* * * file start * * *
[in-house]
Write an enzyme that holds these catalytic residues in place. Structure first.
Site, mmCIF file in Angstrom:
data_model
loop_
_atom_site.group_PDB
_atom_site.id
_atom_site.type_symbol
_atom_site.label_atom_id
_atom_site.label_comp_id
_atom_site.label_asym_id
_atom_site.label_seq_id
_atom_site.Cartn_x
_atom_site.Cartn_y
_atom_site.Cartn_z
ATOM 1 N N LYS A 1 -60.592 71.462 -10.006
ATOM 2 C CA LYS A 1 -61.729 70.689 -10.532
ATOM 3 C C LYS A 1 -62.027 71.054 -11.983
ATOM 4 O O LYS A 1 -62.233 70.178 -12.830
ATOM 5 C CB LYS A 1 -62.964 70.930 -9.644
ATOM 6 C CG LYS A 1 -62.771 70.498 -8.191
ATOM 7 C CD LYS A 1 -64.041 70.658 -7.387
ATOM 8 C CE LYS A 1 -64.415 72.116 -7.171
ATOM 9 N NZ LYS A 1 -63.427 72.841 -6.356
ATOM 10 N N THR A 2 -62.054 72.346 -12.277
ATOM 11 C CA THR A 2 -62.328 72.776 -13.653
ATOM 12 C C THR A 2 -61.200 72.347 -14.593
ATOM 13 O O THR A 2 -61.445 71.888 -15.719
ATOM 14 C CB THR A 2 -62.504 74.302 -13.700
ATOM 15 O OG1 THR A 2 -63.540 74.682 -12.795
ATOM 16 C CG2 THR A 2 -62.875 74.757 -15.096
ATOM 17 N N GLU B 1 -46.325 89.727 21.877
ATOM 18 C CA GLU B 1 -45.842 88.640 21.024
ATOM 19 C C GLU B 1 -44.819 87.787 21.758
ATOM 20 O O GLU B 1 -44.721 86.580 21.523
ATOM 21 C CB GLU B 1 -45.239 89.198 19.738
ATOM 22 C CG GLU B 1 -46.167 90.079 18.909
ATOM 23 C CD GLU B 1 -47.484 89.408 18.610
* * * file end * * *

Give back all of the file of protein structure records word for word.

[in-house]
Write an enzyme that holds these catalytic residues in place. Structure first.
Site, mmCIF file in Angstrom:
data_model
loop_
_atom_site.group_PDB
_atom_site.id
_atom_site.type_symbol
_atom_site.label_atom_id
_atom_site.label_comp_id
_atom_site.label_asym_id
_atom_site.label_seq_id
_atom_site.Cartn_x
_atom_site.Cartn_y
_atom_site.Cartn_z
ATOM 1 N N LYS A 1 -60.592 71.462 -10.006
ATOM 2 C CA LYS A 1 -61.729 70.689 -10.532
ATOM 3 C C LYS A 1 -62.027 71.054 -11.983
ATOM 4 O O LYS A 1 -62.233 70.178 -12.830
ATOM 5 C CB LYS A 1 -62.964 70.930 -9.644
ATOM 6 C CG LYS A 1 -62.771 70.498 -8.191
ATOM 7 C CD LYS A 1 -64.041 70.658 -7.387
ATOM 8 C CE LYS A 1 -64.415 72.116 -7.171
ATOM 9 N NZ LYS A 1 -63.427 72.841 -6.356
ATOM 10 N N THR A 2 -62.054 72.346 -12.277
ATOM 11 C CA THR A 2 -62.328 72.776 -13.653
ATOM 12 C C THR A 2 -61.200 72.347 -14.593
ATOM 13 O O THR A 2 -61.445 71.888 -15.719
ATOM 14 C CB THR A 2 -62.504 74.302 -13.700
ATOM 15 O OG1 THR A 2 -63.540 74.682 -12.795
ATOM 16 C CG2 THR A 2 -62.875 74.757 -15.096
ATOM 17 N N GLU B 1 -46.325 89.727 21.877
ATOM 18 C CA GLU B 1 -45.842 88.640 21.024
ATOM 19 C C GLU B 1 -44.819 87.787 21.758
ATOM 20 O O GLU B 1 -44.721 86.580 21.523
ATOM 21 C CB GLU B 1 -45.239 89.198 19.738
ATOM 22 C CG GLU B 1 -46.167 90.079 18.909
ATOM 23 C CD GLU B 1 -47.484 89.408 18.610